Russian speakers are ditching Liberman: Where are they going?

Aside from the elderly, the Russian-speaking community in Israel is no longer throwing its support behind the Yisrael Beiteinu leader. So why aren’t the other parties capitalizing on Liberman’s loss?

By Edi Zhensker

Much has been written about media’s role in establishing the daily agenda in Israel: issues that the media decides to spotlight make it into the public discourse, while other issues that the media doesn’t deem fit to cover fall by the wayside. During the elections, the spotlighted issues are even more pronounced, since politicians and their parties fight for every second of screen time or photo in the photos in order to make headlines and remain relevant. As opposed to exposing politicians the public, I would like to take the time and discuss the Russian public’s exposure to the politicians.

Avigdor Liberman speaks at the campaign launch for the upcoming elections. (photo: Yotam Ronen/Activestills)
Avigdor Liberman speaks at the campaign launch for the upcoming elections. While elderly Russian-speakers may give him 4-5 seats,  (photo: Yotam Ronen/Activestills)

Over the last couple of months, media outlets have been dealing with the question of how the Russian public is going to vote in the upcoming elections, beginning with articles in newspapers and continuing with television shows. Full disclosure: as someone who appears in some of these articles, I can say that more are on their way. And speaking of full disclosure, I must also mention that I work in the Russian caucus of the Labor Party.

So what happened that all of a sudden the media cares about this group, which doesn’t usually get much exposure? The main reason is Yisrael Beiteinu’s ongoing corruption scandal. “Will the Russian-speaking population continue to vote for Liberman after the scandal?” asks the Hebrew media, when what it really means to ask is: “Will those Russians finally see the light, stop being Russians and start voting for Israeli parties?”

But what the media and perhaps even the Israeli public understands today is what us Russian-speakers have understood for at least two years. That also includes Liberman, of course. In the 2013 elections he was a member of Likud because he understood that his voting base no longer supports him, and therefore he could no longer run on a sectorial platform. In reality, the Russians didn’t support anyone.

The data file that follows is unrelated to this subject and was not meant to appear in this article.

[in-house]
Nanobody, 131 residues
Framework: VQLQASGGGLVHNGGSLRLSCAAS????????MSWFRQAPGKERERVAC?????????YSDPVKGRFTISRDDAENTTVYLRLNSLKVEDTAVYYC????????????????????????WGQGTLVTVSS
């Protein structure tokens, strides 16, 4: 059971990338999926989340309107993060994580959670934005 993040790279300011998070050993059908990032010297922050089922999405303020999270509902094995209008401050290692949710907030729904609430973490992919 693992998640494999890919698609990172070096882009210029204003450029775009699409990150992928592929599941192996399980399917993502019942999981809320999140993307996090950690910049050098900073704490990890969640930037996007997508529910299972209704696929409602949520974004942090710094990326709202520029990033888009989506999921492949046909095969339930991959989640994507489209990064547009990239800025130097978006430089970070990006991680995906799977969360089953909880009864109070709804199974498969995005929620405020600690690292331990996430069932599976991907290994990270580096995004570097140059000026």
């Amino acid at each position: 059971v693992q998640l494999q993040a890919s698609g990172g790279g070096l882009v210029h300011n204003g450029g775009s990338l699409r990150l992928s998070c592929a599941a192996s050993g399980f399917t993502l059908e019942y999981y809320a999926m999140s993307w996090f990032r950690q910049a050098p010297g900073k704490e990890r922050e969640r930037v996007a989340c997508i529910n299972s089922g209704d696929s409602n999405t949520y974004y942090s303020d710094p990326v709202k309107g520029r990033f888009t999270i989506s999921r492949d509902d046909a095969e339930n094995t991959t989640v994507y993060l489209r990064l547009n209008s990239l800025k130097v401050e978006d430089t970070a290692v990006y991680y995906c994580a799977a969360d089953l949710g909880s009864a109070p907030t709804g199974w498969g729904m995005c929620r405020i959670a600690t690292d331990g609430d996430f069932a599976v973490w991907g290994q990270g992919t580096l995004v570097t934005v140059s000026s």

But two years have gone by – two years of vacuum; two years with a lack of representation or political leadership; two years in which a party that could have won the support of 750,000 people would have enjoyed the support of a population that is looking for representation and a political home.

Only after the elections will we find out what will happen with the Russian voice in Israel. Parties that will be able to build public and media prominence will win the vote of the Russian-speaking community. There is no need to use Russian as a tool to achieve that buzz. Actually, it’s probably better not to, since Hebrew will likely bring home that message. There is, however, a need to speak directly to Russians – to learn and speak about the issues most relevant to them.

The recent articles published about the Russian-speaking public in Israel reveal that a fundamental change is currently taking place. The younger generation is becoming more heterogenous, challenging the notion of Israeliness and redefining its boundaries. But what political parties will do with this information is yet to be seen. In the 2013 elections, the voting percentage among the Russian-speaking public was lower than that of the rest of Israeli society, since they simply had no one to vote for. A similar outcome is expected this time around as well.

But something must be said about voting for Liberman. Recent polls show that Yisrael Beiteinu is polling at five seats for the upcoming election; according to a top pollster, the older Russian-speaking population will give Liberman 4-5 seats. These are mostly elderly people who solely consume Russian media and rarely come in contact with the Hebrew-speaking media

This teaches us two important things. The first is that the Israeli public has completely left Liberman behind, and Liberman has most likely left the Israeli public behind as well. He is in crisis, and his campaign – under the banner “Russians – come home” – is directed at the Russian-speaking population alone. Lili Galili explains this tactic excellently in her report on i24. The second thing we can learn is that the elderly Russian public has ditched Liberman. But this is not something new – it is a process that has been taking place for several years. The new statistics simply confirm it.

Edi Zhensker works for the Labor Party’s Russian caucus, and is a blogger for +972’s sister site, Local Call, where this article was originally published in Hebrew.

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